Of course, in the same breath, I will also mention expectations for the development of the domestic offshore wind industry. I wish for myself and everyone involved in the development of this industry in Poland that it is our contractors who will soon, that is, in the next few years, more and more often win contracts for general contracting of marine works and products as well, and before that, that they will efficiently acquire the competence to do so. Of course, we do not stop as an organization at wishful thinking in this regard. We are working intensively and directionally on “rolling out” or launching processes leading us in evolutionary steps towards this goal. This is grassroots work that rarely matches the hurrah-optimistic media coverage, but implemented on a daily, ant-like basis, it is producing the desired and long-dreamed-of results to an increasingly noticeable degree.

Are there any other social or educational initiatives led by PIMEW to raise public awareness of offshore wind energy?

PIMEW relies primarily on formal education. In addition to the aforementioned course at the Gdansk University of Technology, we also patronize and partner with the University of Gdansk, the Maritime University of Gdynia with its numerous and innovative educational projects, the University of Wroclaw, the Maritime University of Technology in Szczecin, and most recently, the Naval Academy in Gdynia, actively participating in the work of the program council, preparing a new, attractive offer for students seeking employment in the marine RES industry. This offer will soon be announced to the public, and full-time studies will start in the coming academic year. The next step consistently should be cooperation at the level of technical and vocational education.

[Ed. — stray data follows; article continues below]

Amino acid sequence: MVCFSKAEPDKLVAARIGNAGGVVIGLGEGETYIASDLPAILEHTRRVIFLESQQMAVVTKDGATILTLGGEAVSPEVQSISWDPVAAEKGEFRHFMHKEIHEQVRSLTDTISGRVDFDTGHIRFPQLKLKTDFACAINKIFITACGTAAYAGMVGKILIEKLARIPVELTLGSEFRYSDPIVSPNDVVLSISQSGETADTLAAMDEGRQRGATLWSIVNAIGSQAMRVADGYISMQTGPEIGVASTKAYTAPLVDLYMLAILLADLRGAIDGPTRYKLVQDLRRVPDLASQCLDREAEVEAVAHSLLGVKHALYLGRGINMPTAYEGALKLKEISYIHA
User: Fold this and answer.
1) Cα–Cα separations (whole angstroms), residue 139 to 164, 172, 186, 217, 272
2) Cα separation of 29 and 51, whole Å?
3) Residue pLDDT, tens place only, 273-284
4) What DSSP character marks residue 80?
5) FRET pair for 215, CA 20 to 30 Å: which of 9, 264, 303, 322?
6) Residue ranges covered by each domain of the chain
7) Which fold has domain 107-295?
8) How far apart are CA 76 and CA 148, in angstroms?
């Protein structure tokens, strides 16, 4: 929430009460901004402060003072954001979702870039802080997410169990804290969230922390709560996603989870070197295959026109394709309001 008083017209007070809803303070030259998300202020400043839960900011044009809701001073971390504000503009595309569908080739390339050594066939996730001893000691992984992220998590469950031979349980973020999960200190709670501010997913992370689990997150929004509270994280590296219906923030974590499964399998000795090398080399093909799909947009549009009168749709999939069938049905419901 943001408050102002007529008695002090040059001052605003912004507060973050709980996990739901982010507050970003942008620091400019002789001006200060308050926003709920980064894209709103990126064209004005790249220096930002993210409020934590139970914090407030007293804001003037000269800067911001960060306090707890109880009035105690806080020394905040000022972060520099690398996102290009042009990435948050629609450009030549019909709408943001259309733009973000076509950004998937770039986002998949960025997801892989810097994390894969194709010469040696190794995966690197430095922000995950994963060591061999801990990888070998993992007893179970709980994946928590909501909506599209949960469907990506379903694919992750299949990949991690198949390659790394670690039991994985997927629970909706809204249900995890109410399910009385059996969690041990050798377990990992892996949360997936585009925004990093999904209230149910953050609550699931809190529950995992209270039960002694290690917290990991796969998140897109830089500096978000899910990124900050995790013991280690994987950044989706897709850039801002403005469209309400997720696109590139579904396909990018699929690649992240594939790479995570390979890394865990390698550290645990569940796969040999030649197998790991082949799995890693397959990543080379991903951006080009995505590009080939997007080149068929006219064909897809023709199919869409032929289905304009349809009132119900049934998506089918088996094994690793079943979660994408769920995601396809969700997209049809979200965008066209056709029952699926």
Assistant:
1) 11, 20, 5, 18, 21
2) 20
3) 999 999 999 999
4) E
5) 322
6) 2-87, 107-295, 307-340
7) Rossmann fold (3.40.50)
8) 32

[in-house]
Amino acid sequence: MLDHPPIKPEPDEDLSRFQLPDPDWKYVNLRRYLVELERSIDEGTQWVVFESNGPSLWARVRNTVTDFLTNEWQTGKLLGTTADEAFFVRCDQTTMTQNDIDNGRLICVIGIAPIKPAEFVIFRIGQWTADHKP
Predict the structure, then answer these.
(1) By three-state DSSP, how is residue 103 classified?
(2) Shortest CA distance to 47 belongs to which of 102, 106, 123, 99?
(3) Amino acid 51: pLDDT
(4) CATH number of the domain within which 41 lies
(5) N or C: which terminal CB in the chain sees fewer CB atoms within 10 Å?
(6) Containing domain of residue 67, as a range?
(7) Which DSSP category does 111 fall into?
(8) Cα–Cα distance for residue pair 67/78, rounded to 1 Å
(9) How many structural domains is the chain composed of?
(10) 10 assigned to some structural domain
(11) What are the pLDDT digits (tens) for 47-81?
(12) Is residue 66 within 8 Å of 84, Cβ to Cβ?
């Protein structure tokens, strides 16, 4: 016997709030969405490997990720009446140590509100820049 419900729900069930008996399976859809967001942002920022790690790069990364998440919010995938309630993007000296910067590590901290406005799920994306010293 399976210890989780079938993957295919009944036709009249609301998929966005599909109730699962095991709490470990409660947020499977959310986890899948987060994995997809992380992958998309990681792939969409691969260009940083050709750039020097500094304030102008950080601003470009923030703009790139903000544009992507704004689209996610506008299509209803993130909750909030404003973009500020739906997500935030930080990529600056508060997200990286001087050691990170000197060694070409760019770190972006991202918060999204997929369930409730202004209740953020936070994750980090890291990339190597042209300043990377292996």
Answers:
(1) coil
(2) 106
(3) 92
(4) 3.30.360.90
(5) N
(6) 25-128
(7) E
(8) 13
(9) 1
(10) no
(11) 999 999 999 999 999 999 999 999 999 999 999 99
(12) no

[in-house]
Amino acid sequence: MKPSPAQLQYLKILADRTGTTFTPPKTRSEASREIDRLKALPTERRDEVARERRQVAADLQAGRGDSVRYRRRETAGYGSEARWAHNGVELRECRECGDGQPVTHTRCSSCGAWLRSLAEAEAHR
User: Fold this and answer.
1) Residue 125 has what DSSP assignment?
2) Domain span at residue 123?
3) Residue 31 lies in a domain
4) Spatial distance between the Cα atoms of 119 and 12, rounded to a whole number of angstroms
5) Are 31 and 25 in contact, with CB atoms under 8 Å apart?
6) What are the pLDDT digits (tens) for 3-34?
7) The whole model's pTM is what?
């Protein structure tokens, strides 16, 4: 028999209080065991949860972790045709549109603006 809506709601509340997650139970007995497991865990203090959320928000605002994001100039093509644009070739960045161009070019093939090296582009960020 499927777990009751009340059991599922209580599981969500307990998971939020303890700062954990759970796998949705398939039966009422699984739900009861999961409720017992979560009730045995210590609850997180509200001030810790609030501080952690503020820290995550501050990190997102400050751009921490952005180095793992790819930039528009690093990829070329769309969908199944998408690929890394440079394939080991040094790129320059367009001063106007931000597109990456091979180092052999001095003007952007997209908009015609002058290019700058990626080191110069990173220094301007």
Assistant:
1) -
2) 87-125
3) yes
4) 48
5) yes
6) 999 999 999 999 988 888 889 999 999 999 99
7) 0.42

As for the rest of your question: we carried out a whole series of activities to promote the sector while we were still PTMEW, between 2010 and 2016, and incidentally also a little later. In the following years, as if by instinct, our activities increasingly began to resemble those characteristic of chambers of commerce, i.e. industry bodies, strictly representing the interests of members affiliated to their structures. This is also how we understand PIMEW’s basic and priority mission, which is reflected in its charter provisions. Promotional activities for taking initiatives in these areas are primarily left to organizations such as associations, various types of foundations, etc. However, this does not mean a lack of willingness to participate in such actions. On the contrary. We are very happy to get involved and support them conceptually and even materially and operationally, to the best of our ability, of course.

The upcoming edition of the regatta will be the fourth in a row. Can we expect any innovations or surprises at this year’s regatta?

They do. This is because we also prepared attractions for those who like water sports, but for some reason did not want to board the racing boats or simply ran out of space. It will be m. amongst others, The opportunity to swim on the recently fashionable SUPs. The opportunity is completely free of charge. Everything under the watchful eye of the professionals of the Polish Sailing League, just like the regatta itself, for which I once again thank my PLŻ colleagues. The entire regatta day ashore will take the form of a large, joyful picnic, so the opportunity to spend the day in the Sopot marina by the pier, with unlimited snacks and drinks is also a kind of attraction.

In closing, could we hear a few words of encouragement from the President for potential participants in the PIMEW Offshore Wind Energy Cup regatta?

Given that this year’s edition of the Regatta “sold out” on the stump, a little perversely I highly encourage you to book your places already for next year, and this year to show up at the pier in Sopot, see for yourself how great this event is, and actively spend Monday together in the unique circumstances that Sopot creates just before the high summer season. See you on May 20!

Thank you for the interview.

For more information about the PIMEW Offshore Wind Energy Cup, visit the organizer’s website.